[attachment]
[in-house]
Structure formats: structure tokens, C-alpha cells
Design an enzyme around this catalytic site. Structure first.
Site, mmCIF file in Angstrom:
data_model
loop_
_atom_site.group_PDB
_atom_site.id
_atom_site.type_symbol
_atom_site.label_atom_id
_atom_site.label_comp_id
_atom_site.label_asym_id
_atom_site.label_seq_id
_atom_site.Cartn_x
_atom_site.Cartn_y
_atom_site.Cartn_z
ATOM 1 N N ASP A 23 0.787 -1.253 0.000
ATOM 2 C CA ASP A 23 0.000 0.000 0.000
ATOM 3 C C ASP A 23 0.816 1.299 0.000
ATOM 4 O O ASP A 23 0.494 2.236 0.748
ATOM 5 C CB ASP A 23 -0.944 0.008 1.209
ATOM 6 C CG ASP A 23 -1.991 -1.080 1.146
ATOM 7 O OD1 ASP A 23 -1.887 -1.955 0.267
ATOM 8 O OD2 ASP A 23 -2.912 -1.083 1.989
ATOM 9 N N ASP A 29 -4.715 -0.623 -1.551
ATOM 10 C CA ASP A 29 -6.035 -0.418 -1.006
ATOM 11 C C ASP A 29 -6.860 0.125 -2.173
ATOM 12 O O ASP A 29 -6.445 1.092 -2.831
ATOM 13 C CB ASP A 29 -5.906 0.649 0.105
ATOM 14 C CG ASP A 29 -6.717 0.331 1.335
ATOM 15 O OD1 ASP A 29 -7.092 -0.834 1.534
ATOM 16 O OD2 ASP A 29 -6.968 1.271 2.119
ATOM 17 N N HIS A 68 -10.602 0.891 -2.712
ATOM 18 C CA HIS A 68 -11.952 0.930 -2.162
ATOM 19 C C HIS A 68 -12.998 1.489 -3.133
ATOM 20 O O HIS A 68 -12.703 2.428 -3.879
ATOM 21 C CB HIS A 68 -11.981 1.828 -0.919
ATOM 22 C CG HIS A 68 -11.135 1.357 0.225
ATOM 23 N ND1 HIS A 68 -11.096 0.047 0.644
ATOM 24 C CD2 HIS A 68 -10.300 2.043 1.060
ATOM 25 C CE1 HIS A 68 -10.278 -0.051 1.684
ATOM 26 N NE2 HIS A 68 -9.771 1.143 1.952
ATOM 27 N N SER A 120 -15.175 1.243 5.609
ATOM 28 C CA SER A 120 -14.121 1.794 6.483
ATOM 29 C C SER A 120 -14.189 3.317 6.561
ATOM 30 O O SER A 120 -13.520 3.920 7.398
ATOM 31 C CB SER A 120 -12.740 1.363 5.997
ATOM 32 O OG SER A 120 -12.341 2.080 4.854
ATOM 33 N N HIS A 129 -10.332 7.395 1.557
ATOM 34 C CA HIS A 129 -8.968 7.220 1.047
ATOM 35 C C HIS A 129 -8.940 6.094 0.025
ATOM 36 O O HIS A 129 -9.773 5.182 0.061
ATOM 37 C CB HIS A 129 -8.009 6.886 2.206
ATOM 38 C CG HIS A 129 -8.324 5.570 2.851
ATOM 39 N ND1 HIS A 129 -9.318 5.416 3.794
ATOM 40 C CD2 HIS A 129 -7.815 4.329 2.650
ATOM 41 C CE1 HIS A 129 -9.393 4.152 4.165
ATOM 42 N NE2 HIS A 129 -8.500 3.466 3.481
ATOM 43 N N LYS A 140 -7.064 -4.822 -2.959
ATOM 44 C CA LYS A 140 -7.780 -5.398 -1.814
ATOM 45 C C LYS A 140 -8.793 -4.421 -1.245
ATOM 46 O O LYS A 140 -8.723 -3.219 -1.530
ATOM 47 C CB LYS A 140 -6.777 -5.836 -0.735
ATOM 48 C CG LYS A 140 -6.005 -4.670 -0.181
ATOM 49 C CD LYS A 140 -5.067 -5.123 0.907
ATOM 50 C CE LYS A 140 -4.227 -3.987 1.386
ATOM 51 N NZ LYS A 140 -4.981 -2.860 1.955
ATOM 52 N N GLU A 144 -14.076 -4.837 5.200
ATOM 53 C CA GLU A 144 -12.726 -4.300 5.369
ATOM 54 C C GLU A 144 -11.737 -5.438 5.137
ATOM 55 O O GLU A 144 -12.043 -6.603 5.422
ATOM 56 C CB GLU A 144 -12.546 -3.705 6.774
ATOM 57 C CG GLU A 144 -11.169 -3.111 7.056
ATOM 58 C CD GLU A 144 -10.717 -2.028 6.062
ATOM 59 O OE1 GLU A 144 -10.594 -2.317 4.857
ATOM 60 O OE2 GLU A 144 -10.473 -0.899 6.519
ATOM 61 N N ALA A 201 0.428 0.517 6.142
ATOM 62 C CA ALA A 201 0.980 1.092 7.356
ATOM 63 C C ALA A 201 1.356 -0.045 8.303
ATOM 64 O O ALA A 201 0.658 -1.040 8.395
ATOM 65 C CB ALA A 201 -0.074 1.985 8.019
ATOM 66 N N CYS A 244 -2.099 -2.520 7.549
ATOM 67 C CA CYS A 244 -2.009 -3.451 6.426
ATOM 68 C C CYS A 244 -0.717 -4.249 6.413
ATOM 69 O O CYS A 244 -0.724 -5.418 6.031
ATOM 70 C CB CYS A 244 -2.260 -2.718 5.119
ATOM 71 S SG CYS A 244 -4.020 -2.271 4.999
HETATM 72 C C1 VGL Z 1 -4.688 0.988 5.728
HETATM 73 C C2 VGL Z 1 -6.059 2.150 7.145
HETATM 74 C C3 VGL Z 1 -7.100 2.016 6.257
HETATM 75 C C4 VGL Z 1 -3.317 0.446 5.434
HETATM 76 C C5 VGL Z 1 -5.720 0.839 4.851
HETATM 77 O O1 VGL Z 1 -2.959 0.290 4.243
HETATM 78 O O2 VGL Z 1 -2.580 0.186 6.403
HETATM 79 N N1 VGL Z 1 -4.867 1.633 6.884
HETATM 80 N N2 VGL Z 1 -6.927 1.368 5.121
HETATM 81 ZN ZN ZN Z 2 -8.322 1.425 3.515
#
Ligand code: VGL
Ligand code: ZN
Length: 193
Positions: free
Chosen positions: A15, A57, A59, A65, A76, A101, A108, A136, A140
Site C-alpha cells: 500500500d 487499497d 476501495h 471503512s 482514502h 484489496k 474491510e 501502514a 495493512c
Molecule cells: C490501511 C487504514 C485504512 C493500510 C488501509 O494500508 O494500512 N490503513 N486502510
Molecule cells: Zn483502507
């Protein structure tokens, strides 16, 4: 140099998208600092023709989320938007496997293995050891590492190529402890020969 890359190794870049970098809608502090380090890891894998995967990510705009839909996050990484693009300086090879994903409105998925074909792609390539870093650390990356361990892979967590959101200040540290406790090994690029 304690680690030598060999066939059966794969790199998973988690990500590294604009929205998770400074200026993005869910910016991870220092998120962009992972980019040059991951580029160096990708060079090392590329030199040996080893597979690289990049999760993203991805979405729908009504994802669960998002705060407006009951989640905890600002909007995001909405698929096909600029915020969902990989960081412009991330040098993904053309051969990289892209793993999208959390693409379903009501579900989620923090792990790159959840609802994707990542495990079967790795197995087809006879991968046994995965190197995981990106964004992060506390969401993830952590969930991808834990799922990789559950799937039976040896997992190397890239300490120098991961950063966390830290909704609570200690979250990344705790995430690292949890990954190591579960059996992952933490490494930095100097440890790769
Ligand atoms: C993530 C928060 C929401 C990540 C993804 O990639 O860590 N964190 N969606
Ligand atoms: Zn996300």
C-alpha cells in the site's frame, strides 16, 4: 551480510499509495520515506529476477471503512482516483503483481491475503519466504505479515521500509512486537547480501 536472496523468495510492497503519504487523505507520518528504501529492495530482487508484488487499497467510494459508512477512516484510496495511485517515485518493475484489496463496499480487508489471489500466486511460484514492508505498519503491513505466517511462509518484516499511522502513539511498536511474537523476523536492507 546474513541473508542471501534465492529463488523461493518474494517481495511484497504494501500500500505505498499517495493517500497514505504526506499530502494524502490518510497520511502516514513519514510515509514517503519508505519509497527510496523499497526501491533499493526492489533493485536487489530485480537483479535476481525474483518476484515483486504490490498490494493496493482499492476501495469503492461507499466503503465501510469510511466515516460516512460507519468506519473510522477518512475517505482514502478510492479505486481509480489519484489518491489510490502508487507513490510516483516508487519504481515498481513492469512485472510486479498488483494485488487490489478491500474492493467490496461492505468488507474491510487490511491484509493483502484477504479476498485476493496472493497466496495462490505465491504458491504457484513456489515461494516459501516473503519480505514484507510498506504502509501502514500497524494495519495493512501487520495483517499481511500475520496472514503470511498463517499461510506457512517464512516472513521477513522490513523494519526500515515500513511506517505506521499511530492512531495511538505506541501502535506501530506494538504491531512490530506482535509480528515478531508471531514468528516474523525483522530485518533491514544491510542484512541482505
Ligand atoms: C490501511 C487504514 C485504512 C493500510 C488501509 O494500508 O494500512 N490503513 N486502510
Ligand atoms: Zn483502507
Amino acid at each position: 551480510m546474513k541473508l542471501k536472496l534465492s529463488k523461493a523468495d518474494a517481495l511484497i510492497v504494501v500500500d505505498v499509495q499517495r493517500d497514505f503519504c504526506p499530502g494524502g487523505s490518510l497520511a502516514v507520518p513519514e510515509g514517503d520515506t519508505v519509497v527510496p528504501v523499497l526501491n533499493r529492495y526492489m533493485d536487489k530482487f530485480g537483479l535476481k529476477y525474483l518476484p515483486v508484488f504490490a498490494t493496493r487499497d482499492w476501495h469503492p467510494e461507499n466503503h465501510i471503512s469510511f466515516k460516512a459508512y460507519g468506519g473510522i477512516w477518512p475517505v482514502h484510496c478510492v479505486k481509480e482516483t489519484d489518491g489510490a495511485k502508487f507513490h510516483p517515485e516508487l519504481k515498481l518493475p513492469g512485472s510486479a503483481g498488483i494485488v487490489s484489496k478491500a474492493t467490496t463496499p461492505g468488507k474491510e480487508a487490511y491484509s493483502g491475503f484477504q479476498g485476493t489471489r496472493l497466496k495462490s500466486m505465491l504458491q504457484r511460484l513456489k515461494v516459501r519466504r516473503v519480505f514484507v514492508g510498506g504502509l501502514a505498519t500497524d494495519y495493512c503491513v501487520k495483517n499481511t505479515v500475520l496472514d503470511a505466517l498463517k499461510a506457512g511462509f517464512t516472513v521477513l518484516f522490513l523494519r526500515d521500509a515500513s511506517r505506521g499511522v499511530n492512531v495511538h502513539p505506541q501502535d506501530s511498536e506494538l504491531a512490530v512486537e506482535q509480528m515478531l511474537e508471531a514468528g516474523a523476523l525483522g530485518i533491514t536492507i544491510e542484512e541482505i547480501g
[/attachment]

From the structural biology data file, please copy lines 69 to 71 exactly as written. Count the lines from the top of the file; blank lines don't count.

ATOM 53 C CA GLU A 144 -12.726 -4.300 5.369
ATOM 54 C C GLU A 144 -11.737 -5.438 5.137
ATOM 55 O O GLU A 144 -12.043 -6.603 5.422